Another report from the U.S. Department of Energy itself dating from 2016 says:

  • Improving reliability and resilience through efforts such as strengthening distribution poles and wires, improving flood protection, managing vegetation, and burying distribution lines, where feasible.
  • Increasing system flexibility and robustness through energy storage or creation of microgrids. Grid modernization, smart meters, and synchrophasor technology can enable faster recovery from hurricane damage.

Preparing for severe weather events requires a balanced process. It is not economical to build transmission and distribution systems that can withstand every extreme, but infrequent, weather event. Developing rapid restoration capabilities can be more appropriate. It is important to balance increased system hardening with provisions for faster restoration.

The outage isolation process for many U.S. grids now is labor intensive and antiquated, in fact it is almost laughable. This has been known for a long time.

And the same smart grid which isolates outages, directs workers so their time and efforts are efficiently used, and sometimes even restores power itself can also manage and balance inputs from variable sources of generation, such as solar PV and wind.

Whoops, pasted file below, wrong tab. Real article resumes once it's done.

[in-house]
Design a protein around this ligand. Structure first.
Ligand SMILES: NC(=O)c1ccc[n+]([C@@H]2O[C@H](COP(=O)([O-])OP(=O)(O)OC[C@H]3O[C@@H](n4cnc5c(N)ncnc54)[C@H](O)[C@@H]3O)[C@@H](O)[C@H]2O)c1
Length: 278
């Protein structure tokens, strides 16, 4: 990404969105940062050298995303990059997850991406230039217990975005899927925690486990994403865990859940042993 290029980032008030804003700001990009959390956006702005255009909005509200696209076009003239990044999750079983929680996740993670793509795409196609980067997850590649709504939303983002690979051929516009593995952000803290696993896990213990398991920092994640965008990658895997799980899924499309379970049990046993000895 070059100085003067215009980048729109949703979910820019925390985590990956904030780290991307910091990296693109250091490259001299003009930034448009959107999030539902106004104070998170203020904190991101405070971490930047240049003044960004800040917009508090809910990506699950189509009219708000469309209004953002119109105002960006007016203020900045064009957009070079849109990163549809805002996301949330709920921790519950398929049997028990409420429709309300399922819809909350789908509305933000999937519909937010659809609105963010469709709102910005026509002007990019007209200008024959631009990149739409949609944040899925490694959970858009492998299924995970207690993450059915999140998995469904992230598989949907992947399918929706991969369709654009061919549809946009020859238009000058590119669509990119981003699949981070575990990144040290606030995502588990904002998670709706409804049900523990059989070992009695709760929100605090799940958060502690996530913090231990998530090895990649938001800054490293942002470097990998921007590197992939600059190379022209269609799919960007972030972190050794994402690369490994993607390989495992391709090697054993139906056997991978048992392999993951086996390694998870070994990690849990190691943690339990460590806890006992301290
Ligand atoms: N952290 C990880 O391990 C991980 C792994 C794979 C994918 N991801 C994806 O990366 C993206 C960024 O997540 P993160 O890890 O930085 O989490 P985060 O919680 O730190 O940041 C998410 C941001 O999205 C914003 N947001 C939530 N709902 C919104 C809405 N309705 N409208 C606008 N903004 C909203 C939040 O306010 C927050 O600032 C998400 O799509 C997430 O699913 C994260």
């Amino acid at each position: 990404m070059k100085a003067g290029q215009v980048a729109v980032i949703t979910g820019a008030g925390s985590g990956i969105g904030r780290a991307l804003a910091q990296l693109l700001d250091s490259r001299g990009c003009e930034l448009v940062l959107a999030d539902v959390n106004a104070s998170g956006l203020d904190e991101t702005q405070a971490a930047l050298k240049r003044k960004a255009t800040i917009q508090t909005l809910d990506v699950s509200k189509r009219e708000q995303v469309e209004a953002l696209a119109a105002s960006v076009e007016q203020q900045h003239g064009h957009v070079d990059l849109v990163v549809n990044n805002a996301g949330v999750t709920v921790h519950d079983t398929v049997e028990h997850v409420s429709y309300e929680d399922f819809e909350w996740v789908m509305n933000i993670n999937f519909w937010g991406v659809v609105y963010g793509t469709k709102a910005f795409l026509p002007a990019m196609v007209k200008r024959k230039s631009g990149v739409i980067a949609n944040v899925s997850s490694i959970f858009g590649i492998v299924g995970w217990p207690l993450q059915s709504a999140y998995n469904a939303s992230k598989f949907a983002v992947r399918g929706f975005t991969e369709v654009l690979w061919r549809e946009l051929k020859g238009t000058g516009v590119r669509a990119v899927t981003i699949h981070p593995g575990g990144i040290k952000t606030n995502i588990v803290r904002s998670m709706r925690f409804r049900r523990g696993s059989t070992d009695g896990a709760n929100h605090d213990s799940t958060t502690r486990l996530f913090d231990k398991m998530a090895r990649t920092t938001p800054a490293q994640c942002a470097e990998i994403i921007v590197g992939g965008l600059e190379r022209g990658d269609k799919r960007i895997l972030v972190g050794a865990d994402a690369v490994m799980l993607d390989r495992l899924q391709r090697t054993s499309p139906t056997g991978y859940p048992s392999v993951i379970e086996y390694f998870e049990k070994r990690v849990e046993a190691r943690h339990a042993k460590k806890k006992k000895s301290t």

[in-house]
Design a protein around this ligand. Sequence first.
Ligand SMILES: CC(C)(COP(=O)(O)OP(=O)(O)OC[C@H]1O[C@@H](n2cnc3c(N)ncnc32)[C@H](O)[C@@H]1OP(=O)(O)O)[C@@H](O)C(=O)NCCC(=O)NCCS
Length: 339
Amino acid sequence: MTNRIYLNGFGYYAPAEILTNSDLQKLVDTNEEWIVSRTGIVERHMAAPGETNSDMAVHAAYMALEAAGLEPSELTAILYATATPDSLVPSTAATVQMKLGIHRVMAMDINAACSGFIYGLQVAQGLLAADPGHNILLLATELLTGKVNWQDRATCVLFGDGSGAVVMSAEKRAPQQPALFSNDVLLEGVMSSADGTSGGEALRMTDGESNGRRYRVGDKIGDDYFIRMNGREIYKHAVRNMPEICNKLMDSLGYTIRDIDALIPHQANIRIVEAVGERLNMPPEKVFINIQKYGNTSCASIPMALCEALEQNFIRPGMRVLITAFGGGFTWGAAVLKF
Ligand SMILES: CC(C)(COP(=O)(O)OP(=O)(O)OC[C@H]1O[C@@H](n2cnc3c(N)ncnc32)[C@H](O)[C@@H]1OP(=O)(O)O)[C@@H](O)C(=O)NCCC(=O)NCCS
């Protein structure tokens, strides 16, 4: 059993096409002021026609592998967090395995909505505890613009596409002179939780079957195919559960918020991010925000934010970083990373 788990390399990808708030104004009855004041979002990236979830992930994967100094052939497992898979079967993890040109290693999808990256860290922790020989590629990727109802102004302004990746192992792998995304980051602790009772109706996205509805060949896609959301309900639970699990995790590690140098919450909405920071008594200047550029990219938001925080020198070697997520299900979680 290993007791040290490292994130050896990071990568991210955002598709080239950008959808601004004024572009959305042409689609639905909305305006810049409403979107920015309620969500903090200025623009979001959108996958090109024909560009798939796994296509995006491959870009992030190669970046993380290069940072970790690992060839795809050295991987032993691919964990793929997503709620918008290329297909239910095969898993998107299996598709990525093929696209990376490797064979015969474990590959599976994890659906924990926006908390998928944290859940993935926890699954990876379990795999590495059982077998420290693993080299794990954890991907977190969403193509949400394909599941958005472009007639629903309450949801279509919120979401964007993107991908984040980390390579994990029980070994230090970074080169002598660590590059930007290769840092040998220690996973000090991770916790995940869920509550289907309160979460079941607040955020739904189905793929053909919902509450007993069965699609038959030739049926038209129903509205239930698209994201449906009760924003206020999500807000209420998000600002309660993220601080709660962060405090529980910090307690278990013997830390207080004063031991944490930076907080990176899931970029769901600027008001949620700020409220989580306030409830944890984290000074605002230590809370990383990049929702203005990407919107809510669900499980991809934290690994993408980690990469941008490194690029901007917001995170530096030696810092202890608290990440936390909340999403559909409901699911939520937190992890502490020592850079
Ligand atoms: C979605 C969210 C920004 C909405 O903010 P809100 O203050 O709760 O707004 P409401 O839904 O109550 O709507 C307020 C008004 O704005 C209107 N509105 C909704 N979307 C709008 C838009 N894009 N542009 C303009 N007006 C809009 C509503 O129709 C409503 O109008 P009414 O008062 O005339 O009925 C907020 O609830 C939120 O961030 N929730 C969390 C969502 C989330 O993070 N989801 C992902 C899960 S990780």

So, Secretary Perry, the only kind of national and economic security you are talking about is to the wallets of coal and nuclear owners and stockholders, not electrical security for Americans.

If such subsidies are implemented, the end result will be an acceleration of grid defection by corporations and households, and a quickening of the utility company death spiral.

Hey, maybe that’s a good thing!

About ecoquant

See https://wordpress.com/view/667-per-cm.net/ Retired data scientist and statistician. Now working projects in quantitative ecology and, specifically, phenology of Bryophyta and technical methods for their study.
This entry was posted in adaptation, American Meteorological Association, American Statistical Association, AMETSOC, Anthropocene, Bloomberg New Energy Finance, bollocks, bridge to nowhere, Carbon Worshipers, corruption, Cult of Carbon, decentralized electric power generation, demand-side solutions, denial, disingenuity, disruption, distributed generation, Donald Trump, electricity, energy utilities, engineering, ethics, false advertising, fear uncertainty and doubt, FERC, grid defection, Hyper Anthropocene, local generation, local self reliance, making money, meteorological models, meteorology, microgrids, public utility commissions, rate of return regulation, rationality, reason, regulatory capture, resiliency, science denier, superstition, the right to be and act stupid, the right to know, the stack of lies, the tragedy of our present civilization, the value of financial assets, tragedy of the horizon, transparency, utility company death spiral. Bookmark the permalink.